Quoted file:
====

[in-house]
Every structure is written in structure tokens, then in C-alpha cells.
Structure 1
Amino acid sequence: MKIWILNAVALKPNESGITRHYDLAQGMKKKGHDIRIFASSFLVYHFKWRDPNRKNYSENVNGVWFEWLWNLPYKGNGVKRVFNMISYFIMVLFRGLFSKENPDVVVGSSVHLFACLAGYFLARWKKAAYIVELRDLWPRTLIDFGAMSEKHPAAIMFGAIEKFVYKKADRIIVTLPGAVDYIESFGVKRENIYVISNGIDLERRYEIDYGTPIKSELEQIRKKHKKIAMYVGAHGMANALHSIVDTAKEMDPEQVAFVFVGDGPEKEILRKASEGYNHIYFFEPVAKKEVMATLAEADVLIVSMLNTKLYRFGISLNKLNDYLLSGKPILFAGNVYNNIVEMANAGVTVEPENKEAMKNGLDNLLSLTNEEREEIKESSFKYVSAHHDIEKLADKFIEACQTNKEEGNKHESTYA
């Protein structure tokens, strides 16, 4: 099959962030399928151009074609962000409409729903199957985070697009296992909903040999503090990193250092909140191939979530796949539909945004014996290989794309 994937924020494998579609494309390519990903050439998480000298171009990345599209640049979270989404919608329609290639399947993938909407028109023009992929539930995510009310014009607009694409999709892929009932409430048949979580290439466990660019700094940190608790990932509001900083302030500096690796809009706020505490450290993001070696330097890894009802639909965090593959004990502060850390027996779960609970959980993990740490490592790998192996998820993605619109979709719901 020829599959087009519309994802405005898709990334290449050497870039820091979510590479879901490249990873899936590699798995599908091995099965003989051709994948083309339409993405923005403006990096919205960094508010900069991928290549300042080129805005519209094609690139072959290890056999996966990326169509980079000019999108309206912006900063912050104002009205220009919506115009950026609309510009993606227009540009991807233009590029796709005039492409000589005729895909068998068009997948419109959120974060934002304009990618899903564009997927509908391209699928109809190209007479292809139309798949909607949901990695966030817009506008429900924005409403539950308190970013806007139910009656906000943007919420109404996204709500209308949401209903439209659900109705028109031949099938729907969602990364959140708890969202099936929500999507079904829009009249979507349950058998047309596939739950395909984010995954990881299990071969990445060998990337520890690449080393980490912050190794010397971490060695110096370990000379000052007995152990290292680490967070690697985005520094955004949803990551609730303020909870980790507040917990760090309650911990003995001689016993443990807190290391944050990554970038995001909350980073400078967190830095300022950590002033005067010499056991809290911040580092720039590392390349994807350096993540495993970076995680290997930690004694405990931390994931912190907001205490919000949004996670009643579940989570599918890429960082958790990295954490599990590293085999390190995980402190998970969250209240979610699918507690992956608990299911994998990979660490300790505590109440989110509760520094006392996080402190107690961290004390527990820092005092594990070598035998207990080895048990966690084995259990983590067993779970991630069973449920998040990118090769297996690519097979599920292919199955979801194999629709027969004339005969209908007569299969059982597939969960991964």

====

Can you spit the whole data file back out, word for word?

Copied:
[in-house]
Every structure is written in structure tokens, then in C-alpha cells.
Structure 1
Amino acid sequence: MKIWILNAVALKPNESGITRHYDLAQGMKKKGHDIRIFASSFLVYHFKWRDPNRKNYSENVNGVWFEWLWNLPYKGNGVKRVFNMISYFIMVLFRGLFSKENPDVVVGSSVHLFACLAGYFLARWKKAAYIVELRDLWPRTLIDFGAMSEKHPAAIMFGAIEKFVYKKADRIIVTLPGAVDYIESFGVKRENIYVISNGIDLERRYEIDYGTPIKSELEQIRKKHKKIAMYVGAHGMANALHSIVDTAKEMDPEQVAFVFVGDGPEKEILRKASEGYNHIYFFEPVAKKEVMATLAEADVLIVSMLNTKLYRFGISLNKLNDYLLSGKPILFAGNVYNNIVEMANAGVTVEPENKEAMKNGLDNLLSLTNEEREEIKESSFKYVSAHHDIEKLADKFIEACQTNKEEGNKHESTYA
């Protein structure tokens, strides 16, 4: 099959962030399928151009074609962000409409729903199957985070697009296992909903040999503090990193250092909140191939979530796949539909945004014996290989794309 994937924020494998579609494309390519990903050439998480000298171009990345599209640049979270989404919608329609290639399947993938909407028109023009992929539930995510009310014009607009694409999709892929009932409430048949979580290439466990660019700094940190608790990932509001900083302030500096690796809009706020505490450290993001070696330097890894009802639909965090593959004990502060850390027996779960609970959980993990740490490592790998192996998820993605619109979709719901 020829599959087009519309994802405005898709990334290449050497870039820091979510590479879901490249990873899936590699798995599908091995099965003989051709994948083309339409993405923005403006990096919205960094508010900069991928290549300042080129805005519209094609690139072959290890056999996966990326169509980079000019999108309206912006900063912050104002009205220009919506115009950026609309510009993606227009540009991807233009590029796709005039492409000589005729895909068998068009997948419109959120974060934002304009990618899903564009997927509908391209699928109809190209007479292809139309798949909607949901990695966030817009506008429900924005409403539950308190970013806007139910009656906000943007919420109404996204709500209308949401209903439209659900109705028109031949099938729907969602990364959140708890969202099936929500999507079904829009009249979507349950058998047309596939739950395909984010995954990881299990071969990445060998990337520890690449080393980490912050190794010397971490060695110096370990000379000052007995152990290292680490967070690697985005520094955004949803990551609730303020909870980790507040917990760090309650911990003995001689016993443990807190290391944050990554970038995001909350980073400078967190830095300022950590002033005067010499056991809290911040580092720039590392390349994807350096993540495993970076995680290997930690004694405990931390994931912190907001205490919000949004996670009643579940989570599918890429960082958790990295954490599990590293085999390190995980402190998970969250209240979610699918507690992956608990299911994998990979660490300790505590109440989110509760520094006392996080402190107690961290004390527990820092005092594990070598035998207990080895048990966690084995259990983590067993779970991630069973449920998040990118090769297996690519097979599920292919199955979801194999629709027969004339005969209908007569299969059982597939969960991964």